A film about the fallout from a romantic relationship between two Nigerian men has premiered in London before a hoped-for but likely controversial release in the west African country.
“Walking With Shadows” — a British-Nigerian co-production adapted from author Jude Dibia’s 2005 debut book of the same name — chronicles one man’s struggle for acceptance by his family and society following revelations of a past gay relationship.
The award-winning and critically-acclaimed book, initially self-published after Dibia failed to find someone willing to release it, was the first Nigerian novel to feature a gay protagonist, according to the filmmakers.
As in much of sub-Saharan Africa, homosexuality is illegal in religiously conservative Nigeria, which is almost evenly split between a Muslim-majority north and a largely Christian south.
Lengthy jail terms exist under federal law and homosexuality carries the death sentence in the parallel sharia or Islamic system in northern states, although it has not been carried out.
“Walking With Shadows”, set in megacity Lagos and shown for the first time at the London Film Festival on Wednesday, is yet to receive approval from Nigeria’s authorities.
But those involved hope censors will approve it for general release — and further afield — for it to be appreciated by African audiences.
“I think it will be well-received,” actor Ozzy Agu, who plays the leading role, told AFP at the movie’s world premiere.
“Of course, it’s a touchy subject matter back in Nigeria but the way the movie is done is actually quite respectful.
“I’m sure that there’s an audience that needs their stories told and this movie is for them,” he said, adding the notion there are no gay people in Nigeria or other African nations was “crazy”.
Attitudes are shifting, however, particularly among younger people in more cosmopolitan African cities.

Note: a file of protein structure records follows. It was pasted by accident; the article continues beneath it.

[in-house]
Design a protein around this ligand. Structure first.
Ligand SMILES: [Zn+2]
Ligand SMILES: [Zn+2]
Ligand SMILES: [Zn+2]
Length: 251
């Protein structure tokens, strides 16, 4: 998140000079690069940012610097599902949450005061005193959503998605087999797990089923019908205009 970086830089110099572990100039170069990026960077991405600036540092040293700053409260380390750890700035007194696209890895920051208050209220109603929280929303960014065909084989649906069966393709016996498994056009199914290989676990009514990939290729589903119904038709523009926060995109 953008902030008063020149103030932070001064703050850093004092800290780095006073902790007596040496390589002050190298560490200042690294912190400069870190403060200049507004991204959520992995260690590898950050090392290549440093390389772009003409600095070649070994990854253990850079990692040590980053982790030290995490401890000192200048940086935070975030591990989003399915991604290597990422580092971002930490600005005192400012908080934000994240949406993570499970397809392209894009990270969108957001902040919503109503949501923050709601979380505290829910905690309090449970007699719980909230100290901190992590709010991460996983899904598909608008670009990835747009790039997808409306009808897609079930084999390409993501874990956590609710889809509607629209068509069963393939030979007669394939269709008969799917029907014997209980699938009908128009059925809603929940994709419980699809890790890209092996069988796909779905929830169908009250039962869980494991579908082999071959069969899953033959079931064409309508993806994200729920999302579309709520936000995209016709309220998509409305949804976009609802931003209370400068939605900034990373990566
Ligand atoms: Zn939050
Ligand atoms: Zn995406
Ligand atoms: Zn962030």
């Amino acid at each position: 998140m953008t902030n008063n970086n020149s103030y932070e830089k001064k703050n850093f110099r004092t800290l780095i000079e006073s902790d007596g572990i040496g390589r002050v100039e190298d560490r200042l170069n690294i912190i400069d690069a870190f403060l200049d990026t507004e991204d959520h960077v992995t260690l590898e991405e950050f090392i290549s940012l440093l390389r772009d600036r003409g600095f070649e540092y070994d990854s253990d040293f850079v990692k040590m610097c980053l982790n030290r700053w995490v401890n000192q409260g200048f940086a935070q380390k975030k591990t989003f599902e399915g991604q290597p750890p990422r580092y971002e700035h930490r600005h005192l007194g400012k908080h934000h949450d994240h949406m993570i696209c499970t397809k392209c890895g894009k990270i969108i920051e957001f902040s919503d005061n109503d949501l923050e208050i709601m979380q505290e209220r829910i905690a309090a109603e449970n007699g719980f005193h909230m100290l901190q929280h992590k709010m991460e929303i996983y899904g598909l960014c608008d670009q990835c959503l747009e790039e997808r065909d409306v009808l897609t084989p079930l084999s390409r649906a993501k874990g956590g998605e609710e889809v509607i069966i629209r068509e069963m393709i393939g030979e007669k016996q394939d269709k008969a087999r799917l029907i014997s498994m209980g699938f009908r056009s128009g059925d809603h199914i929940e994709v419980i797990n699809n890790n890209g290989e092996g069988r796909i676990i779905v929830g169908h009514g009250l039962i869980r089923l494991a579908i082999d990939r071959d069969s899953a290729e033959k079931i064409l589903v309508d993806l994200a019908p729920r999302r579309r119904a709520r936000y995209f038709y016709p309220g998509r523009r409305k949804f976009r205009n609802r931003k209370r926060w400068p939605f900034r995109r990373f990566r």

Last year, a ban on the film “Rafiki” about a lesbian love affair, was overturned in Kenya. The movie was then shown at the Cannes Film Festival.
In June, Botswana decriminalised homosexuality in a landmark ruling.
When the affair is newly exposed, he chooses not to deny it to his wife and others in the face of growing hostility, and his fragile life soon begins to crumble.
The film’s creators include Nigerian TV personality Funmi Iyanda. Her interview with Bisi Alimi, an openly gay Nigerian rights activist, caused a storm.
“That experience opened my eye to the depth of homophobia and the heightened levels of social intolerance,” Iyanda, who served as the creative director and a producer on the movie, wrote in a press release.
“I wanted to find the right story to tell about struggles with one’s self and society’s expectations in a country which was incredibly vibrant yet deeply and punitively conservative,” she added.
Iyanda optioned Dibia’s book in 2015 and began filming two years later, but struggled throughout to find those willing to fund a movie about such a topic.
London-based Irish writer and director Aoife O’Kelly said she was naturally drawn to directing it — her first feature-length film — after growing up in Ireland, where homosexuality was illegal until 1993.
“I was very empathetic towards the story,” she told AFP, noting “the devastation” the Irish law caused many people who were forced to hide their sexuality and persistently faced arrest or ostracisation.
“What I hope is that from the story people will gain an understanding of what someone has to go through… (keeping) themselves in hiding most of their lives, and the devastating consequences that will have on not just the person, but their family,” O’Kelly added.
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